As the complexity of programs increase, static verification features of a programming language become relatively more important, compared to say code conciseness or code execution speed (at least, constant factors of code execution speed). It becomes relatively more important for a machine verifier to be able to "understand" the program and verify correctness properties about it. That computer verifier might become the only entity that understands the entirety of a large program written over a long period of time by many authors.
Rich type systems such as in Haskell are an example of static verification. For example, it is useful to be able to annotate which code is stateful and what state it is modifying. Haskell monads accomplish such annotation, and the type checker checks that the annotations are correct.
However, Haskell types are not the be-all-end-all of static verification. In more complicated code, it is easy to want to express and verify properties which cannot be expressed in its type system.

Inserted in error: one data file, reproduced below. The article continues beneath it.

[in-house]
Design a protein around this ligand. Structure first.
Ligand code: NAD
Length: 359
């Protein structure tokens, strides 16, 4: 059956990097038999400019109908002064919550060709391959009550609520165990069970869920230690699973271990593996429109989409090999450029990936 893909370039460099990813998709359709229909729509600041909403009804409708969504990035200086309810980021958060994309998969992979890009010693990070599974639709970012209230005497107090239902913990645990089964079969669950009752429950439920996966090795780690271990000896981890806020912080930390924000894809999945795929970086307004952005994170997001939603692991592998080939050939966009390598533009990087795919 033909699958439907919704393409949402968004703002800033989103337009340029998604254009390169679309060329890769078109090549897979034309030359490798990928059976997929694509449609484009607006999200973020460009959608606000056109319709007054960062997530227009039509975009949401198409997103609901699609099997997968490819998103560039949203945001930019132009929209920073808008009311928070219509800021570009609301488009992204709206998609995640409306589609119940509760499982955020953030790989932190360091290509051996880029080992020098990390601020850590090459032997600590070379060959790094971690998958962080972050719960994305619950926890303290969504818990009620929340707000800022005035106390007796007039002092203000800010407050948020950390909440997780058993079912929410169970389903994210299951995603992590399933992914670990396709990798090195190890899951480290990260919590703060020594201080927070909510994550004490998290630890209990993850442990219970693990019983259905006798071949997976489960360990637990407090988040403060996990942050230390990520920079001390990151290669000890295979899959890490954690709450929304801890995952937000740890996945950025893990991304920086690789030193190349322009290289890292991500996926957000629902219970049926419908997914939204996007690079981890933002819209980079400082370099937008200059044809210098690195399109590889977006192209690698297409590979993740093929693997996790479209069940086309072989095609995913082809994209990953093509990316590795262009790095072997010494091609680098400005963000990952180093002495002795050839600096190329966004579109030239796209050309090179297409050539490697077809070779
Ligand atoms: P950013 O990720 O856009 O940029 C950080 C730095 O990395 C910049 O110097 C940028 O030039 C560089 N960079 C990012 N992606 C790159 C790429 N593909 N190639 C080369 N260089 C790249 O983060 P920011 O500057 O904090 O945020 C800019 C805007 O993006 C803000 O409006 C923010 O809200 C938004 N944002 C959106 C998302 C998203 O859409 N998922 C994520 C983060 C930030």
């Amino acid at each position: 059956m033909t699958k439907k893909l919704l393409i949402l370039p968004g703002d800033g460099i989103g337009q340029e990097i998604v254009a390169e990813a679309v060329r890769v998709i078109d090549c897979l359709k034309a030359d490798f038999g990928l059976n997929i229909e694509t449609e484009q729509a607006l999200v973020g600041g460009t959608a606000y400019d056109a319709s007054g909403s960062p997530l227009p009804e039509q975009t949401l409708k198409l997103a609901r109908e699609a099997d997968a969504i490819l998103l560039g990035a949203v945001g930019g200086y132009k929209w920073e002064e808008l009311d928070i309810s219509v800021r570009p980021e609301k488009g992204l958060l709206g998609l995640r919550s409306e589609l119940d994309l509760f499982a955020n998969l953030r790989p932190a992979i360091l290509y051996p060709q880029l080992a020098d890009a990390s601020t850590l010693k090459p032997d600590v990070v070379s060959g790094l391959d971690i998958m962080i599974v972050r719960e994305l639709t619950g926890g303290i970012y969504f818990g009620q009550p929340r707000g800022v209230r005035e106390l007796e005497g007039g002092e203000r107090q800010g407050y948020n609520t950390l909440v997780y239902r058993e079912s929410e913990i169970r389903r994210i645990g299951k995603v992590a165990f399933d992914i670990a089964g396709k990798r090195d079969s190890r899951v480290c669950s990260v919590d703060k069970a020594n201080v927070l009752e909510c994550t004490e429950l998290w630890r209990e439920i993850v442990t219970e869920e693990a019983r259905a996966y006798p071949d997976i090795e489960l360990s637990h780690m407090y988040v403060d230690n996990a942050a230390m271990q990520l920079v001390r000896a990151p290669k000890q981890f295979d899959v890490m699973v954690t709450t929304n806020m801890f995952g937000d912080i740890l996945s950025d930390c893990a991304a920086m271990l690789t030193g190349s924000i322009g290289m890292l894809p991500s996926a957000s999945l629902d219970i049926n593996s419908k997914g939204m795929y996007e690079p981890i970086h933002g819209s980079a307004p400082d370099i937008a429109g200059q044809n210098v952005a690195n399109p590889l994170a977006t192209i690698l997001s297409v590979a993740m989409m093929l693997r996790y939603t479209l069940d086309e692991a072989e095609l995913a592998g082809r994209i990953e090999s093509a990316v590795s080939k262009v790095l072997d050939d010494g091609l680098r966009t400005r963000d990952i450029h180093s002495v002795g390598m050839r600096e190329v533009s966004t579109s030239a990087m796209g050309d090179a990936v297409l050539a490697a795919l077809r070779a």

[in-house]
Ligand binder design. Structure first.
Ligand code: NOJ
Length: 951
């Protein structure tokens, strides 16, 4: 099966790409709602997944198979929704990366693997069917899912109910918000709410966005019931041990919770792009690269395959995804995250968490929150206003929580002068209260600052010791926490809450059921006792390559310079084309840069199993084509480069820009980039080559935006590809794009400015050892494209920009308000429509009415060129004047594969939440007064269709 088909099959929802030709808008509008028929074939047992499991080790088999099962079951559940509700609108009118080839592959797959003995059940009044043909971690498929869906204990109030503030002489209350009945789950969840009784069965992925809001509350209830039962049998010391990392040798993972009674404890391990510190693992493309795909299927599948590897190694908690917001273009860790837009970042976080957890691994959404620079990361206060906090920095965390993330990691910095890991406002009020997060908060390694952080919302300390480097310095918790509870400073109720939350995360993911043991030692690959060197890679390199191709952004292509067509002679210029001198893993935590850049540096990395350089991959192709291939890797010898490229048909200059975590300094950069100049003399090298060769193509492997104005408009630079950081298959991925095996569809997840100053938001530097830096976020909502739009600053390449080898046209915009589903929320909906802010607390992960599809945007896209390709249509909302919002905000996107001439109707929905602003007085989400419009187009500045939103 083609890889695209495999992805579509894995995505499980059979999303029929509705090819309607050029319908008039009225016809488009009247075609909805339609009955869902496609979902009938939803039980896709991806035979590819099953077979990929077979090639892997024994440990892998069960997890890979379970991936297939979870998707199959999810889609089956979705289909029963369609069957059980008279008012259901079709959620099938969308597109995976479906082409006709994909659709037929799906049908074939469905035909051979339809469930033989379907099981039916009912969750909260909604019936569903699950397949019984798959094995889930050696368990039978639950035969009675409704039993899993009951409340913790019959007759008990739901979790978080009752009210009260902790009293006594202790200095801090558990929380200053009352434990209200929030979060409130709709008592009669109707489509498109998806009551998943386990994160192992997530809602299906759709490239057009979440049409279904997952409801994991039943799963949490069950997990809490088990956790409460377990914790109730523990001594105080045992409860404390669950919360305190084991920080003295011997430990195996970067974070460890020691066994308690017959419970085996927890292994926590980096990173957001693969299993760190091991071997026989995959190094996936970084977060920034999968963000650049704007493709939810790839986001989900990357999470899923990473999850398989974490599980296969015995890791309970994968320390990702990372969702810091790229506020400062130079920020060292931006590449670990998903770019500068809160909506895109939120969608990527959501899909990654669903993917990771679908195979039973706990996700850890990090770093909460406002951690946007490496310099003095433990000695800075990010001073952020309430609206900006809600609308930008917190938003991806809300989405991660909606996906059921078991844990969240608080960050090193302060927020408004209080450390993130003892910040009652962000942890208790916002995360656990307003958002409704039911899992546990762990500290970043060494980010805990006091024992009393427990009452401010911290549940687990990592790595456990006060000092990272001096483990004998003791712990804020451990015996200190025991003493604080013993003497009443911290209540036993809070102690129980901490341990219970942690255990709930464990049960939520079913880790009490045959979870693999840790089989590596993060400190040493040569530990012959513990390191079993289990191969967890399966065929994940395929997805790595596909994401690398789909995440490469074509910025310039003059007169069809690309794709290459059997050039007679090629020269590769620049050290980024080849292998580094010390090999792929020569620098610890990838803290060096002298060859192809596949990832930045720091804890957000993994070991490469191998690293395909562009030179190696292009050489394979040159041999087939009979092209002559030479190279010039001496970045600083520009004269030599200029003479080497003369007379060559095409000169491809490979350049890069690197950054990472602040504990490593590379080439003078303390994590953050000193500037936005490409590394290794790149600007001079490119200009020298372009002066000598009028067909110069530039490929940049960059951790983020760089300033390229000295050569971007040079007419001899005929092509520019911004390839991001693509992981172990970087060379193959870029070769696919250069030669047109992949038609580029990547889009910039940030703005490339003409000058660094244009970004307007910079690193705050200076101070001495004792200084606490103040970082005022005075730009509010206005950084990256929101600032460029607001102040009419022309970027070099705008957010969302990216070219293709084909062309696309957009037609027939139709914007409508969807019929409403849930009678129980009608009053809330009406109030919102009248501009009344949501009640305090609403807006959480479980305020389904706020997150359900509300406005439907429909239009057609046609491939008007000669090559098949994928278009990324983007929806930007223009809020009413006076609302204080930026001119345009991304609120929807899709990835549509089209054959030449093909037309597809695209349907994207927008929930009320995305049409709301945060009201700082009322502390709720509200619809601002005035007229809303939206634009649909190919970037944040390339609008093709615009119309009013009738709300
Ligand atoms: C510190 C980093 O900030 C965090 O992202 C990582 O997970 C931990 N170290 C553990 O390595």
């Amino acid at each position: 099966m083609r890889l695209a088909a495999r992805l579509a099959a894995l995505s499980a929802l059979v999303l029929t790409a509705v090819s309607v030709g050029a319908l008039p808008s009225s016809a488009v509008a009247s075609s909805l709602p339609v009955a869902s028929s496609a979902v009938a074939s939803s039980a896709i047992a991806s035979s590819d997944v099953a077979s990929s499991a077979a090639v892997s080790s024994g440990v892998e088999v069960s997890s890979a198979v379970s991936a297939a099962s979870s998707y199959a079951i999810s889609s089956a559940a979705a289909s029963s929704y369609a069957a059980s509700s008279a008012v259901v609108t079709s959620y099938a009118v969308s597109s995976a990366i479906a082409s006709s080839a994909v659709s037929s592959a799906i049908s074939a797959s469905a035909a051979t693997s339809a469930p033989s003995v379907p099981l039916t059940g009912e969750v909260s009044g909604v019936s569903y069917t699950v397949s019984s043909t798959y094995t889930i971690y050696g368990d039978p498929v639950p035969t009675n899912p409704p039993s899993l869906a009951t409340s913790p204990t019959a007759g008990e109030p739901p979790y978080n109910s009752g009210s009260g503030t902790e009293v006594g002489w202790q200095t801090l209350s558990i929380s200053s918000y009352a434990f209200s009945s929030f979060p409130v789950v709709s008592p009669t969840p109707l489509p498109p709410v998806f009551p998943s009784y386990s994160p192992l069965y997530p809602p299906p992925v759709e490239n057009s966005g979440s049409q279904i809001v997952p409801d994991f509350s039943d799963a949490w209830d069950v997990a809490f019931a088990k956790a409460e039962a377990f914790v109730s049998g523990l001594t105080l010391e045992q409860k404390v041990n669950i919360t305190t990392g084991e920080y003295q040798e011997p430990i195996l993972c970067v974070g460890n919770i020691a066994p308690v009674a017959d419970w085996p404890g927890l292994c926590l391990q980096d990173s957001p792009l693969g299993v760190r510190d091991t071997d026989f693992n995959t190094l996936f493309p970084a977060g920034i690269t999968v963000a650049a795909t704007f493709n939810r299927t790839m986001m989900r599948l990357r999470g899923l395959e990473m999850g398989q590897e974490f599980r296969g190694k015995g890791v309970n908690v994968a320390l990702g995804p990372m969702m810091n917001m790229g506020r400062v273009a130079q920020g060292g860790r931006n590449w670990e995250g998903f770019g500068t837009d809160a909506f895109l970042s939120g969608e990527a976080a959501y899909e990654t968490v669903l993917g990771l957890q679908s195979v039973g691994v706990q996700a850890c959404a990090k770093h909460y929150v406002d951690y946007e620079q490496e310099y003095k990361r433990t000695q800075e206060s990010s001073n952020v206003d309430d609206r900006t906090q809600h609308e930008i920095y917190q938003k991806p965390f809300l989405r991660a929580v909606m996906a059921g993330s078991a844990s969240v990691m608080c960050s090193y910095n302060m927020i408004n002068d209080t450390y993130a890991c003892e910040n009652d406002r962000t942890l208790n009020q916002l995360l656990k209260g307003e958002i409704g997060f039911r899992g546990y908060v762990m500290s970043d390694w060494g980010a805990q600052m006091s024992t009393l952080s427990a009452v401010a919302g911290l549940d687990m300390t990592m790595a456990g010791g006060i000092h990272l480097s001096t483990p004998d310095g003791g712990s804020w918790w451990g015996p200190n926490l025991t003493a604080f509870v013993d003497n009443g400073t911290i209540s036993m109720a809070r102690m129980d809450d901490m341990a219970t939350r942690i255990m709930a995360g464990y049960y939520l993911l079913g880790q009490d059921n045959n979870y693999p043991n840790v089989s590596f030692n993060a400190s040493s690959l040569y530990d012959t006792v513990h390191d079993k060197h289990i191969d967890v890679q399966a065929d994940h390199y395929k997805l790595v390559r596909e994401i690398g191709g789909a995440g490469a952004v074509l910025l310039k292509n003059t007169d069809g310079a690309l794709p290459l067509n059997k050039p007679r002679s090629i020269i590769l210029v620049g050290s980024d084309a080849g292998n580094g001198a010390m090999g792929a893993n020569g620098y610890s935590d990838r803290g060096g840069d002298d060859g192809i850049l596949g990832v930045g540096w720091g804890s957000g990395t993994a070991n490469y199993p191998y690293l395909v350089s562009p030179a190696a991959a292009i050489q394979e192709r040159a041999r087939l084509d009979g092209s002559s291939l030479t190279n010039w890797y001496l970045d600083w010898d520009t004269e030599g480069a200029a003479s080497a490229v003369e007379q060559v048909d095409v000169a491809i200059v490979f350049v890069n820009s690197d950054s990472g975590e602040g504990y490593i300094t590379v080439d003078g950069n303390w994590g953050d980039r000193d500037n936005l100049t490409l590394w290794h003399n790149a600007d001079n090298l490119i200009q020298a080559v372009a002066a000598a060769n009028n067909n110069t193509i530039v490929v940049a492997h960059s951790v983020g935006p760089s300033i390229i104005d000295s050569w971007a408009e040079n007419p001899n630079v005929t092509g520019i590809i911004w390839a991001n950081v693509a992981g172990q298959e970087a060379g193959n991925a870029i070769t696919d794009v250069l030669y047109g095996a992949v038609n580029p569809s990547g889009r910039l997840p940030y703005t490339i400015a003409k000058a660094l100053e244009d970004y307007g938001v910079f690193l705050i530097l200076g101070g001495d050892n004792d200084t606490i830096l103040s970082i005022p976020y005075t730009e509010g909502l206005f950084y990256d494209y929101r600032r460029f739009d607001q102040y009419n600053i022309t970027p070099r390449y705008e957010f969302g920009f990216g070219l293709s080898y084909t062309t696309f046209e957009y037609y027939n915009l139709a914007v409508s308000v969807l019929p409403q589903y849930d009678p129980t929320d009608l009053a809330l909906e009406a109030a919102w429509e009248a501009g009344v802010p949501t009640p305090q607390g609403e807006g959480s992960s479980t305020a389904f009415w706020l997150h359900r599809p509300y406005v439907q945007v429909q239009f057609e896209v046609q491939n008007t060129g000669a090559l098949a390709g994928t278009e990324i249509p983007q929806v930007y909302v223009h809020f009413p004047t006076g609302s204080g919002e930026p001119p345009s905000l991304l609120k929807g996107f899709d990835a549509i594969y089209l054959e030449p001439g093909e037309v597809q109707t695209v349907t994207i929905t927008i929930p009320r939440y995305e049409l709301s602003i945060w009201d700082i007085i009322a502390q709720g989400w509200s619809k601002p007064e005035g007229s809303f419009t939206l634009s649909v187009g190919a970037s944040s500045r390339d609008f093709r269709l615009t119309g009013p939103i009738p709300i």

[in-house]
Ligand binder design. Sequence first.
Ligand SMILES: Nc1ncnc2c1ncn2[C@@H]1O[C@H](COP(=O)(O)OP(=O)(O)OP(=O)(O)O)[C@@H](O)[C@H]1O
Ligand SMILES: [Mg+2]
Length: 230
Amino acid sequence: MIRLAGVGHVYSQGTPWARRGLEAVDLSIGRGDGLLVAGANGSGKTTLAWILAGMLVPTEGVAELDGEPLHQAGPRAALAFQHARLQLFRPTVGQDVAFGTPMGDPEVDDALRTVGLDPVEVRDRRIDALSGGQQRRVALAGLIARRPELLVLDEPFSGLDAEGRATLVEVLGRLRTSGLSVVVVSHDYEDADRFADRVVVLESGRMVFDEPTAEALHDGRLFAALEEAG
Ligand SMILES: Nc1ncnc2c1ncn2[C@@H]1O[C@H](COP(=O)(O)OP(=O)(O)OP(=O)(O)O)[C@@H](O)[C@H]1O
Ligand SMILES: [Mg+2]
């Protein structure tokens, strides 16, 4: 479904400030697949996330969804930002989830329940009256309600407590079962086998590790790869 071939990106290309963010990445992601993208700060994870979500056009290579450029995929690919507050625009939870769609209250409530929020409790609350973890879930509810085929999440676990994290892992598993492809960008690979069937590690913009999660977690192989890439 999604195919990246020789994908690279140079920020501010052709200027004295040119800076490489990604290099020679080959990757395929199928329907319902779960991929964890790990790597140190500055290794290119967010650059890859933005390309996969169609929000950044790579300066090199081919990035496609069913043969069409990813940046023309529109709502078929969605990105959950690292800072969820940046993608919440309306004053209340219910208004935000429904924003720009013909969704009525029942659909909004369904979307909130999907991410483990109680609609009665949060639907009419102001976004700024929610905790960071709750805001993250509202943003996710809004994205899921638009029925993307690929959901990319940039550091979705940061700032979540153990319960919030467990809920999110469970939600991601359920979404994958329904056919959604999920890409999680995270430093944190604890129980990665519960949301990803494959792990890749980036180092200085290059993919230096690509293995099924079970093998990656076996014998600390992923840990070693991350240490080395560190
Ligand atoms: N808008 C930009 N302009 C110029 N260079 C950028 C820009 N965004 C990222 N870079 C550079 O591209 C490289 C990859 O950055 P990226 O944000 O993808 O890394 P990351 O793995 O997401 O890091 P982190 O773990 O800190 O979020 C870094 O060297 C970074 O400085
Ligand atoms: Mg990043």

Design a language whose static verification features are user definable and may be arbitrarily complex, keeping pace with the complexity of the program.
(We will probably eventually want to express static verification of the static verification, and so on. The difficulty of creating a correct program inherently grows faster than linearly with size of the executable part of the program. Perhaps this will prevent the technological singularity.)
Language features such as polymorphic types or other type extensions would not be hardcoded into the compiler but imported as one of many possible static verification libraries that a program can invoke in the static verification phase of its compilation. Theorem provers will also likely be useful as libraries.
Lisp syntax looks nice, with its arbitrary extensibility and ability to treat code as data, which is what the static verification code will be doing.